Geomembranes are low-permeability synthetic membrane liners or barriers formed into sheets used as a barrier to control or mitigate fluid and gas migration into the soil. Common applications of geomembranes include landfills, pond liners, dams, erosion control, sediment control, landfill liners, landfill covers, and for the mining industry among other applications providing a barrier between the environment and possible contaminants.
Geomembranes are part of the larger family called geosynthetics. If you break it down, geo means earth or soil, whereas synthetic is man made. Geosynthetics are defined as “planar, polymeric (synthetic or natural) material used in contact with soil/rock and/or any other geotechnical material for filtration, drainage, separation, reinforcement, protection, sealing, and packing.”  Geosynthetics have two major classifications: permeable membranes such as geotextiles, geogrids and geocells; and impermeable membranes such as geomembranes and geosynthetic clays (GCL).
Geomembranes may be reinforced with fabrics or they may be non-reinforced films. They could vary in thickness between 20-60 mil, but essentially need to have certain properties like low -permeability, low gas and water vapor transmission rate, chemical resistance, puncture resistance and good weatherability. Unreinforced geomembranes are cost-effective and relatively easy to install; they provide excellent chemical and UV resistance, and are typically used in less demanding applications such as secondary containment liners for spills and leaks, covers for wastewater treatment facilities, and decorative water features. They are also used in lining systems for temporary or short-term projects, such as temporary storage ponds or construction sites.
Reinforced geomembranes offer excellent durable performance and are cost-effective, making them an ideal choice for a wide range of civil and environmental engineering applications. The reinforcing layer of geotextile fabric helps to distribute and resist any loading on the liner surface, increasing the compressive and tensile strength of the liner. This makes reinforced geomembranes highly suitable for use in environments where substrates are uneven or settlement-prone.
To meet the above requirements, geomembranes are commonly made from polymers such as PVC, EIA, HDPE, LLDPE and others via manufacturing methods known as extrusion, calendaring, or spread coating. Understanding the properties of the polymers used to create a geomembrane is necessary for its designs and specifications to meet the project requirements. For instance, the degree of flexibility of the polymers can change greatly from one to another affecting the installation process. The service life of the geomembrane can be greatly improved by adding antioxidants, carbon black and other UV packages to help with weatherability. Geomembranes that are formulated for exposed applications have a typical service life of 30 years, but there are many examples where they are in operation for beyond 30 years with little to no loss in physical properties.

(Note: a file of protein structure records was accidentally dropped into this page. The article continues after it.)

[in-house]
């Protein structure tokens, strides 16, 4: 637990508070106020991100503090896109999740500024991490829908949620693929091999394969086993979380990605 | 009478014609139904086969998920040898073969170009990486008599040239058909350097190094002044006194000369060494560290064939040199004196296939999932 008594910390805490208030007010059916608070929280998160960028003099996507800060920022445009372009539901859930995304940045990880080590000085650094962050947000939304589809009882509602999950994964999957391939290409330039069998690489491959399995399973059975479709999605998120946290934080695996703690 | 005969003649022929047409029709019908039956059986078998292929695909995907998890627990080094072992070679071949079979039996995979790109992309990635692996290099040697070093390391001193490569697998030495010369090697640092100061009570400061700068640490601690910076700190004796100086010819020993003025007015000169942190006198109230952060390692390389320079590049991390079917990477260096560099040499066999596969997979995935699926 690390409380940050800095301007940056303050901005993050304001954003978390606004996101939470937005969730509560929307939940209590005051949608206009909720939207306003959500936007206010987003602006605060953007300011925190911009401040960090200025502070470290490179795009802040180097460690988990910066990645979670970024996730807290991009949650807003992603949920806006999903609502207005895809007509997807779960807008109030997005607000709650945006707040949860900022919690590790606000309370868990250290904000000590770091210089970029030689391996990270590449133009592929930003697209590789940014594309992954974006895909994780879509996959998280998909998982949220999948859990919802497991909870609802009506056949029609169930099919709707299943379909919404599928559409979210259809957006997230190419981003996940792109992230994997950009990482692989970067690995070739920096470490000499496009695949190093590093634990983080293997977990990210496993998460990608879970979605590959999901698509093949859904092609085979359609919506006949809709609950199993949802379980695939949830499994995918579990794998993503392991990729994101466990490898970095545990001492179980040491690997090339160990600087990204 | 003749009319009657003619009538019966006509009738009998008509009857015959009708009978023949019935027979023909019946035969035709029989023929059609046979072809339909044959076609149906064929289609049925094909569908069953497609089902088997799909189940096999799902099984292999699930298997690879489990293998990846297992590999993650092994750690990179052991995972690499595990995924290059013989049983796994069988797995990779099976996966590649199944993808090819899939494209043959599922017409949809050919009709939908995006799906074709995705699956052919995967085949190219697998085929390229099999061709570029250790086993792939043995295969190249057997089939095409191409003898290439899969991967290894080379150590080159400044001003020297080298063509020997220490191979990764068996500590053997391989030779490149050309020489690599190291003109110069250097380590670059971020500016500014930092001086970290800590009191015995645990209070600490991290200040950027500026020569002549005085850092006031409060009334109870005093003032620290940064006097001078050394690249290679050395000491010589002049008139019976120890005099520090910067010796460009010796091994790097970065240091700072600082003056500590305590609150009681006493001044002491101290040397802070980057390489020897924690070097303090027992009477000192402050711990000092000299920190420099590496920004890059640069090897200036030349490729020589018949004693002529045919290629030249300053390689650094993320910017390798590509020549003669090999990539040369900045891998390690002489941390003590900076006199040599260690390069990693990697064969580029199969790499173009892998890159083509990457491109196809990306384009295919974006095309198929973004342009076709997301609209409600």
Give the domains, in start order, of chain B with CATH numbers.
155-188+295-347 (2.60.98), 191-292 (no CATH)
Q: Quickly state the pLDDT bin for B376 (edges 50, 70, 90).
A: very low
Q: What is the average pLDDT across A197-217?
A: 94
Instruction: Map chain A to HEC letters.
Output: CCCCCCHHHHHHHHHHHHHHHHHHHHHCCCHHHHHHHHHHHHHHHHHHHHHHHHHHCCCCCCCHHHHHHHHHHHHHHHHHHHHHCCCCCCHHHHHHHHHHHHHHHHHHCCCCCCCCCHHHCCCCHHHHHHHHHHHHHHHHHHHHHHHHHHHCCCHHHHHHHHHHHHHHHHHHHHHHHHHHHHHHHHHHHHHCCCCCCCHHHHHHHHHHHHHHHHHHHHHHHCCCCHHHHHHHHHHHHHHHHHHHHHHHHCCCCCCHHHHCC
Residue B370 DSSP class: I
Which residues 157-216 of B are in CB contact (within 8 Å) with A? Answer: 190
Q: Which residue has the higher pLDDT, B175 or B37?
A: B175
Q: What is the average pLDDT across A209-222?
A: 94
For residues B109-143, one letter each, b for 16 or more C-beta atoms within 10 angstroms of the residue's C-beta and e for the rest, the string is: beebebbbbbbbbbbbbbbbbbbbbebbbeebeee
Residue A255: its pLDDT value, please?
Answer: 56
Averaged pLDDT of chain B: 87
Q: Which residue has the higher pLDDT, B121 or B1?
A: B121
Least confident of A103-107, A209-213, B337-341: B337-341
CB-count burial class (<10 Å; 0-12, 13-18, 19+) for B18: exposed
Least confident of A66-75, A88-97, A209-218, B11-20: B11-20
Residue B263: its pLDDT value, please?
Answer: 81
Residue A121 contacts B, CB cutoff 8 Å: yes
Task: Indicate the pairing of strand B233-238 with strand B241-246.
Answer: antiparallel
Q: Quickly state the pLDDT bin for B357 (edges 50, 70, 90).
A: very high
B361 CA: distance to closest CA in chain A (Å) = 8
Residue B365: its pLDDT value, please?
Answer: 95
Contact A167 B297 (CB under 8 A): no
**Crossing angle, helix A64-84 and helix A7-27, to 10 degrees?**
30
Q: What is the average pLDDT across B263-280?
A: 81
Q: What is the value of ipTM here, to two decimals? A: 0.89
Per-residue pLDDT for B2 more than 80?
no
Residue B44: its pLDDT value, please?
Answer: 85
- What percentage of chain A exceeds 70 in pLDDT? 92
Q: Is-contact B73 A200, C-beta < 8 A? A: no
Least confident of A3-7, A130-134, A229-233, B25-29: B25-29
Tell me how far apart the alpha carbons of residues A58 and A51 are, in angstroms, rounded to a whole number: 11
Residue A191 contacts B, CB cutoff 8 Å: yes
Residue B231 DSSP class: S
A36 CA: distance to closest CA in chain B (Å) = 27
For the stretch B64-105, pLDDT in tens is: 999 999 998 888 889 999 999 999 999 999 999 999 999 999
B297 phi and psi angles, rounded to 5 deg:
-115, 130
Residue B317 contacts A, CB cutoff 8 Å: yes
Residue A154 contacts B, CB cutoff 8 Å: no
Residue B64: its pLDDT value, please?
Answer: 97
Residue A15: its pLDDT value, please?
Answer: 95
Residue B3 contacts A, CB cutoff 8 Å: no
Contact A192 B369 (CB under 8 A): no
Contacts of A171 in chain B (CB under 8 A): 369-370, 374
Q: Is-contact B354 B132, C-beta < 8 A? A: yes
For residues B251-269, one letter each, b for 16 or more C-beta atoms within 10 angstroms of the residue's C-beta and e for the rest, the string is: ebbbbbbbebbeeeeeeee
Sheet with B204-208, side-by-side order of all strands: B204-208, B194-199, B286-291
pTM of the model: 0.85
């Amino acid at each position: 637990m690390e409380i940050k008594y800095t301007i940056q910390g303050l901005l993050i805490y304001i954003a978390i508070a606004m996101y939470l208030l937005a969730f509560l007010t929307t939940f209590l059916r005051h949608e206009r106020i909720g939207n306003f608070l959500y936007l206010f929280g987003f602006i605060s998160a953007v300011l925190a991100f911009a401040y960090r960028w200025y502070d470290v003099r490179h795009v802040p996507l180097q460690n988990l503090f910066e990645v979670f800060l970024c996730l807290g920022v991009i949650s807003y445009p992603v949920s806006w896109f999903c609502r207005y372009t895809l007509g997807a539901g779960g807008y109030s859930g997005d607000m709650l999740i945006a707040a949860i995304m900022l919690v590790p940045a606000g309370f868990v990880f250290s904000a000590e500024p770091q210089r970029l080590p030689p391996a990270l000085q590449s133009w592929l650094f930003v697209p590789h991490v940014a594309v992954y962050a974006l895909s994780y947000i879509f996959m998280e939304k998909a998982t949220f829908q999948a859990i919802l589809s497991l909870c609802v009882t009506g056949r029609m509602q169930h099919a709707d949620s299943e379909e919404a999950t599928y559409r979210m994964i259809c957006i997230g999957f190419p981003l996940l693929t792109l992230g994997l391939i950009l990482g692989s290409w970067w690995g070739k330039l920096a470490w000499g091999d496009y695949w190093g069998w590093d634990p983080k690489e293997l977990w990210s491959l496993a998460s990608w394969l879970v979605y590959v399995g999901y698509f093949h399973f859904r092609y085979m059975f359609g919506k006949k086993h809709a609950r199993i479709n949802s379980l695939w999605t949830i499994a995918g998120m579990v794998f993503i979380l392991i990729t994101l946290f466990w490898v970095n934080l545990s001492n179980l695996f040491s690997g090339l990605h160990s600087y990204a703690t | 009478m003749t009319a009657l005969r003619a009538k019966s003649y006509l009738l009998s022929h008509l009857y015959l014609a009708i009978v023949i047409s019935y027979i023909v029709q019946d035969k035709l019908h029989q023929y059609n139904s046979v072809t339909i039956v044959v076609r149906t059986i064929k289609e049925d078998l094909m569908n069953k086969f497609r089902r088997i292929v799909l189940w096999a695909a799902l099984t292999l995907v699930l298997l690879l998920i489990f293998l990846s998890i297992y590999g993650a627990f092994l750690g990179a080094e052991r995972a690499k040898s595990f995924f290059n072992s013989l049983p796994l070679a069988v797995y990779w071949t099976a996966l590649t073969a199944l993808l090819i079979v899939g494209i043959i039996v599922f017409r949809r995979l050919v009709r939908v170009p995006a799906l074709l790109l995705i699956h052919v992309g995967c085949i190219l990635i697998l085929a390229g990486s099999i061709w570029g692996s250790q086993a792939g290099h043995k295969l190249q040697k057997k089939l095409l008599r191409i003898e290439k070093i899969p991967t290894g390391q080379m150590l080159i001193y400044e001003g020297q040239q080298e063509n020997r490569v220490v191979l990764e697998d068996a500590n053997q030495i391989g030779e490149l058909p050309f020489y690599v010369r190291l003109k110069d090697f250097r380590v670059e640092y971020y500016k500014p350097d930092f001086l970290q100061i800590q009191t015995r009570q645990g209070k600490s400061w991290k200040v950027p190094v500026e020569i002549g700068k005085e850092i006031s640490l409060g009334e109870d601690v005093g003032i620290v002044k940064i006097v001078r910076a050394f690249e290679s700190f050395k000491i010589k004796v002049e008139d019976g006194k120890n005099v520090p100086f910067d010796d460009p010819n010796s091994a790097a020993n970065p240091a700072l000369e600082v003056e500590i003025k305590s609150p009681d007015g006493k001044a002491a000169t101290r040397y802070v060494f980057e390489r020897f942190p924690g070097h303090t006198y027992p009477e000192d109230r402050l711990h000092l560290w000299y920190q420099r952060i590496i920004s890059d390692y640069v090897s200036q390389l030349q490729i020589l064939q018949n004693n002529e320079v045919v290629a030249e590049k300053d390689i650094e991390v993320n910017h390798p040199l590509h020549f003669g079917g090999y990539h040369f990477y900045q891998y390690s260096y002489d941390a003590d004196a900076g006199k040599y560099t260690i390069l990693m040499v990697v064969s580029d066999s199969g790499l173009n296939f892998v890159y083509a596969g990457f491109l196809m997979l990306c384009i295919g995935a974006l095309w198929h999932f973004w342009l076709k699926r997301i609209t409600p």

Many geomembranes are specifically designed for buried applications, where they are protected from the elements like UV degradation, freezing, wind uplift and damage from animal or human intrusion thus extending its service life to well beyond 100 years. Also, a thicker material also extends the anticipated service life.
The most common polymeric geomembranes are HDPE, LLDPE and PVC, with EIA geomembranes (which is an alloy of PVC resin with high molecular weight ketone ethylene ester (KEE) solid plasticizer) gaining popularity because of its versatile nature.
Geomembranes serve as a crucial tool for containment purposes. They find extensive application in various industries such as agriculture, energy, mining, and construction. In agriculture, geomembranes are utilized to line silos, while in other sectors, they play a vital role in managing industrial water and waste. Moreover, geomembranes are employed as versatile solutions like portable water tanks and liners for ponds, fish ponds, canals, and dams. In the construction domain, PVC and EIA geomembranes are particularly popular for constructing canals, landfills, soil remediation sites, wastewater lagoon liners, and tank linings. EIA geomembranes also serve as protectors for expanded polystyrene (EPS) wraps used in road construction on roads and highways. Regardless of the application, the primary objectives of geomembranes are to ensure containment of liquids, solids, or gas contaminants, prevent erosion, leakage, and protect against harmful UV rays and other natural elements
E Squared produces geomembranes in both smooth and textured finish, with or without reinforcements and varying colors for a wide variety of buried and exposed applications. Below is a list of our available products: